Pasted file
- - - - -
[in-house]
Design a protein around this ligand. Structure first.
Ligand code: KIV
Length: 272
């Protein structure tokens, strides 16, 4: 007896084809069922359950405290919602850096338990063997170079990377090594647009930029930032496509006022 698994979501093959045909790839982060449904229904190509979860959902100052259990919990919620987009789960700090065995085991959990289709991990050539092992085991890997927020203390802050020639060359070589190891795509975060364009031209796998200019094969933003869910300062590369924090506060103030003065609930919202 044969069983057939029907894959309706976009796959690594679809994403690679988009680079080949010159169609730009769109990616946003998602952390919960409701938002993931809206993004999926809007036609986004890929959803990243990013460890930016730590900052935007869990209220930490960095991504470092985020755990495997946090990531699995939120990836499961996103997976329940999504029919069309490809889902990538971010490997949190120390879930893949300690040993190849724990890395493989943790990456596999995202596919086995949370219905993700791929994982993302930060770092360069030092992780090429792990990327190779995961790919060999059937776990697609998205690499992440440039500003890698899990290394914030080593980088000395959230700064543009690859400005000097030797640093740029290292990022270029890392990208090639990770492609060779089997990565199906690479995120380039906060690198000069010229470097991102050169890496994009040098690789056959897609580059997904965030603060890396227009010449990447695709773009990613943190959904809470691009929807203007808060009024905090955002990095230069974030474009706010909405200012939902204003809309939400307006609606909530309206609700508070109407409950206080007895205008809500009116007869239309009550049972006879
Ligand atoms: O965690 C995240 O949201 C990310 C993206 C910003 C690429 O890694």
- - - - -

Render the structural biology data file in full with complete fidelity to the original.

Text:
[in-house]
Design a protein around this ligand. Structure first.
Ligand code: KIV
Length: 272
């Protein structure tokens, strides 16, 4: 007896084809069922359950405290919602850096338990063997170079990377090594647009930029930032496509006022 698994979501093959045909790839982060449904229904190509979860959902100052259990919990919620987009789960700090065995085991959990289709991990050539092992085991890997927020203390802050020639060359070589190891795509975060364009031209796998200019094969933003869910300062590369924090506060103030003065609930919202 044969069983057939029907894959309706976009796959690594679809994403690679988009680079080949010159169609730009769109990616946003998602952390919960409701938002993931809206993004999926809007036609986004890929959803990243990013460890930016730590900052935007869990209220930490960095991504470092985020755990495997946090990531699995939120990836499961996103997976329940999504029919069309490809889902990538971010490997949190120390879930893949300690040993190849724990890395493989943790990456596999995202596919086995949370219905993700791929994982993302930060770092360069030092992780090429792990990327190779995961790919060999059937776990697609998205690499992440440039500003890698899990290394914030080593980088000395959230700064543009690859400005000097030797640093740029290292990022270029890392990208090639990770492609060779089997990565199906690479995120380039906060690198000069010229470097991102050169890496994009040098690789056959897609580059997904965030603060890396227009010449990447695709773009990613943190959904809470691009929807203007808060009024905090955002990095230069974030474009706010909405200012939902204003809309939400307006609606909530309206609700508070109407409950206080007895205008809500009116007869239309009550049972006879
Ligand atoms: O965690 C995240 O949201 C990310 C993206 C910003 C690429 O890694």